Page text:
Camped at Warrenton Va.
		July 30th 1863
Dear Brother
	I rec. your kind
letter of the 21st inst. last 
Monday the 17th and I assure
you I was very  pleased
to hear from you, it is one
great souirce of comfort to
me in rec. letters from my
Friends and Relitives at home,
if it was not for their letters
which I rec. I should be
Very!! Very!!! lonesome indeed.
I wish I might rec. more
of them, but I am well
awere they have other dutys
to do at home besides writing
all the time, but when they
get time they must try and
write to the poor Soldier,
for they little know how it
Cheeres his Heart in his lonely
hours, to read a Cheering letter
from a Friend, now I have no
word of complaint to make
towards you, for you have most
always been as prompt in writing
to me as I could ask. Knowing
your circumstances as I do,
for your business is such it
must take up most of your
time, and what Evenings you
do get to your self; you devote
to your Family at home. I know
how this is. There are a Thousand
and one little Chores to be done
at home, especily where there
are Children and more especily
when the wife and Mother 
are unwell. I cirtainly shall
excuse you to write in your
own good time, but still I
always rec. such  letters
from you, the more of them
I get the better I like it
so please me as often as you
can wount you. I am sory 
to hear that your health is
so poor, a rest of 5 or 6 weeks
would do you good, and you
ought to take it if you possibly
can. I am very glad to hear
that you  health is
so good. I hope it will always
be so; it be  easyer
takeing care of it, and it
makes the Father & Mother
feel so much better also, and
above all it is so much better
for the Child not to be
troubled with thes aches and
paines when it is so young.
I would love to see your
Baby very much, it will
be qwite a Child when I
get home. I expect I shall
hardly know my Baby when
I get home, he will of grown
so. I happy to hear that they
are going to build up in F.
again, it will be so much
better for you and Alfred
and the Town &c. It will
make your business and Alfreds
much getter, it gives 
 to all old Soldiers
that Government has at last
determined to enforce the
draft. I honestly believe the
Law has been got up to be as
honorable and just to all Classes
as it could be got up, and I
believe Gov. intends to be as
just in inforceing it as they
Possibly can, it is not expected
that there could be a law of that
kind got up that would suit all
parteys and classes, it is impossible
the paying of three Hundred
Dollars by those that feel that
they can not possibly go is
Eqwitable to all, more so to
to the  Poor Man, for he
can pay his $300, to Gov.
by this law while most
laws of this kinds allow
every one to procure a Substitute
if they can. That way the
Poor Man, has to bid for a
substitute against the Rich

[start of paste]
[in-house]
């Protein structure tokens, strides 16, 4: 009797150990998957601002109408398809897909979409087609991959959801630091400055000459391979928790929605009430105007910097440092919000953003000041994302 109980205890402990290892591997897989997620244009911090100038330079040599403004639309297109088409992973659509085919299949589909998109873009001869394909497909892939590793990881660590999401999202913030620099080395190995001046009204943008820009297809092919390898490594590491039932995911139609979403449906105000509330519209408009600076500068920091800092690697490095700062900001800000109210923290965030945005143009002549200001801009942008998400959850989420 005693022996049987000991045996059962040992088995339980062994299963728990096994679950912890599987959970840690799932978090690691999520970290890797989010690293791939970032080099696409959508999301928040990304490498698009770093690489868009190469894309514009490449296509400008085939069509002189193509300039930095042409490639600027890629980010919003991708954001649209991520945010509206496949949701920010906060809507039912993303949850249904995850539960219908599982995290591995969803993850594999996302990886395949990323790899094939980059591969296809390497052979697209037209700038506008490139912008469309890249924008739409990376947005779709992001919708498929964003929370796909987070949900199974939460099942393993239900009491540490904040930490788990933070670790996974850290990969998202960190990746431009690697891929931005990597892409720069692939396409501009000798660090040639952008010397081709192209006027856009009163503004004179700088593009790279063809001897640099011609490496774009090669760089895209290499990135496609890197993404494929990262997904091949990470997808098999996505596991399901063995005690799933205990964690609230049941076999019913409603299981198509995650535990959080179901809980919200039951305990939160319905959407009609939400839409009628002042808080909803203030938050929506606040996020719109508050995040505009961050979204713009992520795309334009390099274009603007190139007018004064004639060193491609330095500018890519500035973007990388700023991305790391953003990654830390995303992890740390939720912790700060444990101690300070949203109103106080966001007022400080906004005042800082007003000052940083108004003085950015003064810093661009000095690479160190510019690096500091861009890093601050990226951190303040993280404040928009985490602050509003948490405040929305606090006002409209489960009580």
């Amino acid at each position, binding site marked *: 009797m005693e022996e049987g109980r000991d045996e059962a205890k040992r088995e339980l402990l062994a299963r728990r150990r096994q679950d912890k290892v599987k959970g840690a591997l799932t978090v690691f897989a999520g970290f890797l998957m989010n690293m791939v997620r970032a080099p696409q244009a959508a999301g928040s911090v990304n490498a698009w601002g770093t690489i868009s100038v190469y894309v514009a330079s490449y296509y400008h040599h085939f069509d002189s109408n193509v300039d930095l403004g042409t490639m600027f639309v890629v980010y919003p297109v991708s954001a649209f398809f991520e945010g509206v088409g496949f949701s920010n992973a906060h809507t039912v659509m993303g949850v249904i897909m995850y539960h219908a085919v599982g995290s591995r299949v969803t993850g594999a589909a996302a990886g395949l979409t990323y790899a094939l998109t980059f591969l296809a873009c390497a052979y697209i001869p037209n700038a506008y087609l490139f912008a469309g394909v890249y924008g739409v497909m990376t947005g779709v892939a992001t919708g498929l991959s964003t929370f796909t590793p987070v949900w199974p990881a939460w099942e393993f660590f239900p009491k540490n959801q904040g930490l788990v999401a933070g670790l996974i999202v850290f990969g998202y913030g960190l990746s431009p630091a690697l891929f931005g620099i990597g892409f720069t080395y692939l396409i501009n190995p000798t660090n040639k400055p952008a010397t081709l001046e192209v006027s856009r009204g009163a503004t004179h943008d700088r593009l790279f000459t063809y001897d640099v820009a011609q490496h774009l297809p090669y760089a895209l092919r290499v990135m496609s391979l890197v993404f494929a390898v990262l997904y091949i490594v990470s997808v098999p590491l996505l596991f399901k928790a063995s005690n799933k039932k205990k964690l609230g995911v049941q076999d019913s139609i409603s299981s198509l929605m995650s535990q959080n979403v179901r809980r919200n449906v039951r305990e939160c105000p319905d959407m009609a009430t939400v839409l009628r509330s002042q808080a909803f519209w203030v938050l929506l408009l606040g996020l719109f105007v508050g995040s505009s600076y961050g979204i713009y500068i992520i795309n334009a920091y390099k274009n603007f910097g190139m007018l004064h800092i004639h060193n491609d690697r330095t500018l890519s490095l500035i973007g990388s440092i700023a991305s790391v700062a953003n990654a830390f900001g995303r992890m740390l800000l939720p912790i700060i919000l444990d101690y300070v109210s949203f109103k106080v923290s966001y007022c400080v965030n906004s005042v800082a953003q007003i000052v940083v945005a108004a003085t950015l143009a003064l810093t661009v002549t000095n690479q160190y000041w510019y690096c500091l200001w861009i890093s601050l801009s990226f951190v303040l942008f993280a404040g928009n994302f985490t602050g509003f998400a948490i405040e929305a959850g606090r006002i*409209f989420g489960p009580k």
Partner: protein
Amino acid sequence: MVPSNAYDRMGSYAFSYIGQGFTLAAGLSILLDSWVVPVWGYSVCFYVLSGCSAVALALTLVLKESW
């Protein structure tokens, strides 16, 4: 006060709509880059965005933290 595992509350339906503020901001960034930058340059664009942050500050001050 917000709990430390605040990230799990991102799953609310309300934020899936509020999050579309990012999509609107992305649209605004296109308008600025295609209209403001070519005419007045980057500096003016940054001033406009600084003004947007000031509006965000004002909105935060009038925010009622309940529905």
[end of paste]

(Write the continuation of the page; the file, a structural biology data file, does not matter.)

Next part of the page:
Man, who will bid up as 
high as one or two Thousand
Dollars for a Substitute. Thus
you see the Poor Man stands
no kind of a chance by such
a law. You take the presant
law right through as a whole
and I think it is the best
and most Eqwetible that
could of been made at
this time, and   will
denie but there  to
to be a , so I will
not attempt to argue that,
as to any Man resisting
that Draft, we know who
those are that would and
have done it. I think we
have not many such in
the Good Old Granite
State, it would of been 
a sory day to those rioters
in N Y City, if there had
much of a force from the
Armey of the Potomac sent 
there. They would of 
as qwick as they would a
, yes and qwicker. I never
see such Angry feelings
manifested before, as there
was among all Classes in
this Armey on the receipt
of the news of that riot,
if we could of got hold 
of them we should of torn 
them limb from Limb. I
never wanted to go in to a fight
so much in my life as I did
to go to N Y City and help
quill that Riot, the miserable
Cowardly Villens. I never felt
so much like butchering my
fellow men before, and I
trust God I never Shall
again. That feeling was not
with me alone at that time
neither, but extended throughout
the whole Armey, but enough
of this, it harrowes up feel
-ings in me I do not like
to have. I suppose you would
like to hear something about
the Battle of Gettysburg
from me. You have or
can get a much better
account of it in the Papers
than I can give you.
Suffise to say that our
Battery (as usual) took
a very active part in
it, and had the name of
doing its duty well, at 
any rate, we stood at our
posts two days and two 
Nights Thursday and Friday,
and did not leave till the
Enemy had fled and we
were releaved. We were in position
most of the time on Cemetary
Hill where there was some
of the severest Cannonadeing
dureing the whole two or three days
Fighting, and through the provid
-ence of God our Co. escaped
without the loss of a Man Killed
and but one wounded much and he
not seriously, one other Slightly,
my self escaped without a
scratch, for which I truly
thank God; and give him the
Praise. my health is very good
and Spirets also good. We have
had some very hard Marching
since we left Falmouth. We
marched 60 Miles in two days,
100 in 4 days through a hot sun,
but the most of us stood it
first rate. We have not a
Man on the Sick list at this
time, how long we shall
stop here I can not tell,
but we do not expect to long.
I am in hope we shall be
inside of Richmond in
one Month from this date,
the Lord grant it. The war
news is qwite encouraging. I trust
it may continue so. Please give
my love to Emily and to Laura
and Family, and with Prayers for
Gods Blessings to rest on you and yours,
hopeing I may hear from you again
soon, I remain your Affectionate Brother T.C.C.
I am very
much obliged
to you for
those Stamps,
if you send any more do
not weet them
and stick them
to the Sheet of
paper. I lost
one of the
last ones it
stuck so much
of it to the